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Johns Hopkins Researchers Aim for Safer, More Efficient Rocket Engines

U.S. Air Force funding could boost development of new domestic space technology

April 28, 2016
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The U.S. Air Force has awarded two contracts totaling $1.48 million to the Energetics Research Group, based within Johns Hopkins University’s Whiting School of Engineering, to help set the stage for the next generation of U.S.-made rocket engines.

The funding will be used to reduce risks associated with new technologies that may replace the Russian-made RD-180 engine. This rocket engine, which is now used for carrying communications satellites into orbit and delivering equipment to the International Space Station, is presently the most widely used for important space missions. However, U.S. officials are encouraging development of domestic-made high-performance rocket engines.

Johns Hopkins is the only university to receive funding from the U.S. Air Force Space and Missile Systems Center’s recent program, which granted ten awards totaling $34.6 million.

The U.S. Air Force has provided two grants to Johns Hopkins researchers who are testing ways to improve rocket engines NASA photo.

The U.S. Air Force has provided two contracts to Johns Hopkins researchers who are testing ways to improve rocket engines.    NASA photo.

“Both of these new awards position the Johns Hopkins University Whiting School of Engineering for significant participation in the development and sound operation of the next generation of liquid rocket engines,” said Peter Zeender, director of the Whiting School’s Energetics Research Group. “We are very excited for this opportunity to engage in research that will ensure the safe and efficient use of other liquid fuels in the next generation of rocket engines.”

The first contract, valued at $545,000, will fund the study of 3D printing techniques to test production and performance of advanced cooling concepts within rocket engines. This new and fast-growing technique offers and allows more flexible design options for the critical cooling channels within the engines. The Energetics Research Group will try to determine if the 3D printing method can provide better performance benefits than traditional manufacturing methods.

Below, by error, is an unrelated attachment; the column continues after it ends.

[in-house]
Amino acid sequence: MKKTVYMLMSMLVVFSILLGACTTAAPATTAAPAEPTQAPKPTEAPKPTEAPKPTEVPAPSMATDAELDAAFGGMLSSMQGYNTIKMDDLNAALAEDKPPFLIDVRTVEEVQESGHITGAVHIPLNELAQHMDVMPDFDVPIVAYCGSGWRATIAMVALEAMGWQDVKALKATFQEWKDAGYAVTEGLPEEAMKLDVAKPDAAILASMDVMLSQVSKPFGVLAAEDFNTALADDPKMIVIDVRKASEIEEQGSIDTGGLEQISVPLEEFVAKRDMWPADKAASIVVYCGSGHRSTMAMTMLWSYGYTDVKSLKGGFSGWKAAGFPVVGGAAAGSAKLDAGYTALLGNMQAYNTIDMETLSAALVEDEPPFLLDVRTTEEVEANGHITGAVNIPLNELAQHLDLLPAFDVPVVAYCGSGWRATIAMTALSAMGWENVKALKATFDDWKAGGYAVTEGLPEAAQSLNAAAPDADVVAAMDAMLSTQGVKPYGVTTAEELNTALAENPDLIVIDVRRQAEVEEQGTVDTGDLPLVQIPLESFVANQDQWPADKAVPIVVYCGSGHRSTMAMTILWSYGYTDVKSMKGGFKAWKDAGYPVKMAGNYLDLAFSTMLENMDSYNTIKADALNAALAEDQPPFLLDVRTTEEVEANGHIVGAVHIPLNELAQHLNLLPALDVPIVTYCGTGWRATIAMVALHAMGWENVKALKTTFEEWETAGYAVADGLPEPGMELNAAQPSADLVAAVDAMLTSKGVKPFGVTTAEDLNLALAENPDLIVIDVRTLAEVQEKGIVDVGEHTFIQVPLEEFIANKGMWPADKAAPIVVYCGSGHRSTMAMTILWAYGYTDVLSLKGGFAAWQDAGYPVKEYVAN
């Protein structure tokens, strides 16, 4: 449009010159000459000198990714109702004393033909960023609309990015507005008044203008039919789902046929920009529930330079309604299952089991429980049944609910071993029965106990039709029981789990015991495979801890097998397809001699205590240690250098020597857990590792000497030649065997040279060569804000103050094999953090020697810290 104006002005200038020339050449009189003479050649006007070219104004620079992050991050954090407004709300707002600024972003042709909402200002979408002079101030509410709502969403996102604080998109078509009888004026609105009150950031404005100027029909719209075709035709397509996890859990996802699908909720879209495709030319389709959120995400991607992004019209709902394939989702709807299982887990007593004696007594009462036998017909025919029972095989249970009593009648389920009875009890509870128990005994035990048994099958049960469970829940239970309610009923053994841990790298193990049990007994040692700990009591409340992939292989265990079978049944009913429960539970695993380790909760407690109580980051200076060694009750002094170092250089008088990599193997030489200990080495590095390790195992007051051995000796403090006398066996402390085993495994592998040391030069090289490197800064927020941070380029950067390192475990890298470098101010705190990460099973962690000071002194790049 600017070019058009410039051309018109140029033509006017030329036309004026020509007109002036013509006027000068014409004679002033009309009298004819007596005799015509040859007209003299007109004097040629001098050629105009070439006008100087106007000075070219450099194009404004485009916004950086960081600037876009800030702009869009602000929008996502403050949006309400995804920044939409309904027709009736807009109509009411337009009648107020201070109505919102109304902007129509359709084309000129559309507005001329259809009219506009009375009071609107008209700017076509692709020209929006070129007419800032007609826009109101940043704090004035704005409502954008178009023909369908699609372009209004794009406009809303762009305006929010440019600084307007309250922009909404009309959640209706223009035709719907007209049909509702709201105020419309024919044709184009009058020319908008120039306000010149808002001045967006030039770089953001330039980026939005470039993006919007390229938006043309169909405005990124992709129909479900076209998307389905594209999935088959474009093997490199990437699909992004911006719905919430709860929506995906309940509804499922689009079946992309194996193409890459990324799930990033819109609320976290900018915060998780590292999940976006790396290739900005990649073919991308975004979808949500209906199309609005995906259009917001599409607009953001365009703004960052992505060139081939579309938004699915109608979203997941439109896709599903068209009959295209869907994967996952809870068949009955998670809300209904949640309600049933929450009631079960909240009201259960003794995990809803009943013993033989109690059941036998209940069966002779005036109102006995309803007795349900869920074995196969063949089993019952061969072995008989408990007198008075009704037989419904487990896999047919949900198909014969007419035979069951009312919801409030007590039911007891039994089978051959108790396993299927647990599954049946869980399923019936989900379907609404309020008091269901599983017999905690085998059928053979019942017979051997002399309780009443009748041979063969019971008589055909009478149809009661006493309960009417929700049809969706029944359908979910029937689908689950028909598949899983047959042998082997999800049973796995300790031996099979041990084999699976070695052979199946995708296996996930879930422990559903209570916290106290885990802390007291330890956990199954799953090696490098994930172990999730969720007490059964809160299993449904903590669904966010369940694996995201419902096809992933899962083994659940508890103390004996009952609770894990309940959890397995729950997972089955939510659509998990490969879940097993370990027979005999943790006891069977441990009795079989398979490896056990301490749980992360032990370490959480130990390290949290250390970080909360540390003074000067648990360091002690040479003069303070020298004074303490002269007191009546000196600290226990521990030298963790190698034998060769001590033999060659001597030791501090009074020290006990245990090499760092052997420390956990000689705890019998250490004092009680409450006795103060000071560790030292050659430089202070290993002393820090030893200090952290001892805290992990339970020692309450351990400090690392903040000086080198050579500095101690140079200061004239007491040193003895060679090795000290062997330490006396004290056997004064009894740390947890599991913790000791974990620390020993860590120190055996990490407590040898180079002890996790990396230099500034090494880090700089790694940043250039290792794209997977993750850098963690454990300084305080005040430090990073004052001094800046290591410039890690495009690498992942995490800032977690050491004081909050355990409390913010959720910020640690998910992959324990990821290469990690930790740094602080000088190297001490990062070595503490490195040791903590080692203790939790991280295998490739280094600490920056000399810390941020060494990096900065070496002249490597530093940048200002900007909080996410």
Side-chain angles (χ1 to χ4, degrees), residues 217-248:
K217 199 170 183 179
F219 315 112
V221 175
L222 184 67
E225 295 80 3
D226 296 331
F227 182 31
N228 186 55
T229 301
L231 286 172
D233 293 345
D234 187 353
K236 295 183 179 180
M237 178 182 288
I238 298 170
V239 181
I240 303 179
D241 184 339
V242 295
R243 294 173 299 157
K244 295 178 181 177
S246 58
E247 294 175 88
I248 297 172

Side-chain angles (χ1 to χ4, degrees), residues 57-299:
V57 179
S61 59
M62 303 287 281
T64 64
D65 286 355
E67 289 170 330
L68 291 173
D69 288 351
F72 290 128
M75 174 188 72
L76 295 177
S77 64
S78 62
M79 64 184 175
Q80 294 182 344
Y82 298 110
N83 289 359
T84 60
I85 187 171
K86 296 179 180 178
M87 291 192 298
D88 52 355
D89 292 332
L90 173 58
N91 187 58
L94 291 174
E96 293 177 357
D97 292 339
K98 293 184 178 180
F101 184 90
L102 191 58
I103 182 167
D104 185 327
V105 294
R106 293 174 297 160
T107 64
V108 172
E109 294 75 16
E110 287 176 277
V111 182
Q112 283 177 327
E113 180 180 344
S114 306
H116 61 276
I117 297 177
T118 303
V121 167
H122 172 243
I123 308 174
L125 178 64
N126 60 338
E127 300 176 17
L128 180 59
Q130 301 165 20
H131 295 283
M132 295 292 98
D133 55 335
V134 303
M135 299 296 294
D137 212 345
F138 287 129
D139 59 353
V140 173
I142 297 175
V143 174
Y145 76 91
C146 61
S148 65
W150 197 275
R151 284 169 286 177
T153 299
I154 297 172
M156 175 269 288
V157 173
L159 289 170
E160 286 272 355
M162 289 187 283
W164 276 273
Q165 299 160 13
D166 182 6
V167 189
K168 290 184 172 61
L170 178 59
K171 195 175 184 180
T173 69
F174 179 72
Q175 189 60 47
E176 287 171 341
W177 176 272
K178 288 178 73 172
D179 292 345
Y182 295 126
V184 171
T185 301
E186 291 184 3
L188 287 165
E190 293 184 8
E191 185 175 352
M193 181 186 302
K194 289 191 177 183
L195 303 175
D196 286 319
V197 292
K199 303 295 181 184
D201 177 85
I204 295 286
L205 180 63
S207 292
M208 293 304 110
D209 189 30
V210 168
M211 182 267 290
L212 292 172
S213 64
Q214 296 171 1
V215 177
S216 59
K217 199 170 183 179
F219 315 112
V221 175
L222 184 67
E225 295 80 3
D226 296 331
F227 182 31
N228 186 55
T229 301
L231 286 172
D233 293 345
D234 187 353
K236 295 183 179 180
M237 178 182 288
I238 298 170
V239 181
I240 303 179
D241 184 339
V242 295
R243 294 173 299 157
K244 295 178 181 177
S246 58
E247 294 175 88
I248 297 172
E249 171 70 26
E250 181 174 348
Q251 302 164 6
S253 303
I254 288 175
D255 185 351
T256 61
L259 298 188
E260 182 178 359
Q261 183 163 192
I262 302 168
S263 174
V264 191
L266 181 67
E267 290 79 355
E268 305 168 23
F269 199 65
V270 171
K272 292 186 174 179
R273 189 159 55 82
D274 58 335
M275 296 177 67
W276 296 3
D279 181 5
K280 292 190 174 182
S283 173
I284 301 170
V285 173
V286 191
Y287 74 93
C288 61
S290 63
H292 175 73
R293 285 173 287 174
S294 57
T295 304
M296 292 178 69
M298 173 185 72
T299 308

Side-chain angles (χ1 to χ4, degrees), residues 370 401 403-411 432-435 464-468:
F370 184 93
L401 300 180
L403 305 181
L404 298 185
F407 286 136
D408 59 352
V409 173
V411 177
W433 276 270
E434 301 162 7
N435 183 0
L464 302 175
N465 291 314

The second contract, valued at $935,000, was awarded to evaluate the performance of two alternative fuels: methane and liquefied natural gas. The Johns Hopkins engineers will develop new equipment to test cooling channel performance, carbon deposition and its ability to withstand high temperatures of these two fuels on a small scale.

The work will be performed at the Advanced Engine and Rocket Fuels Lab, WSE Energetics Research Group’s laboratory located in Columbia, Md. The lab was established to develop the equipment that tests the kerosene-based fuel that is currently used on RD-180 engines.

“These awards are a logical extension of the work we’ve conducted on thermal stability, propellants and materials that our lab has conducted over the last three years,” said Nick Keim, principal investigator of the Advanced Engine and Rocket Fuels Lab. “It allows us to reduce the risks associated with new technologies that are being proposed for the next generation of liquid rocket engines.”

The results from this research will be made available to the U.S. Air Force and subsequently to other U.S. manufacturers that are working on the new liquid rocket engines that could replace the current Russian engines with a domestic-made model.

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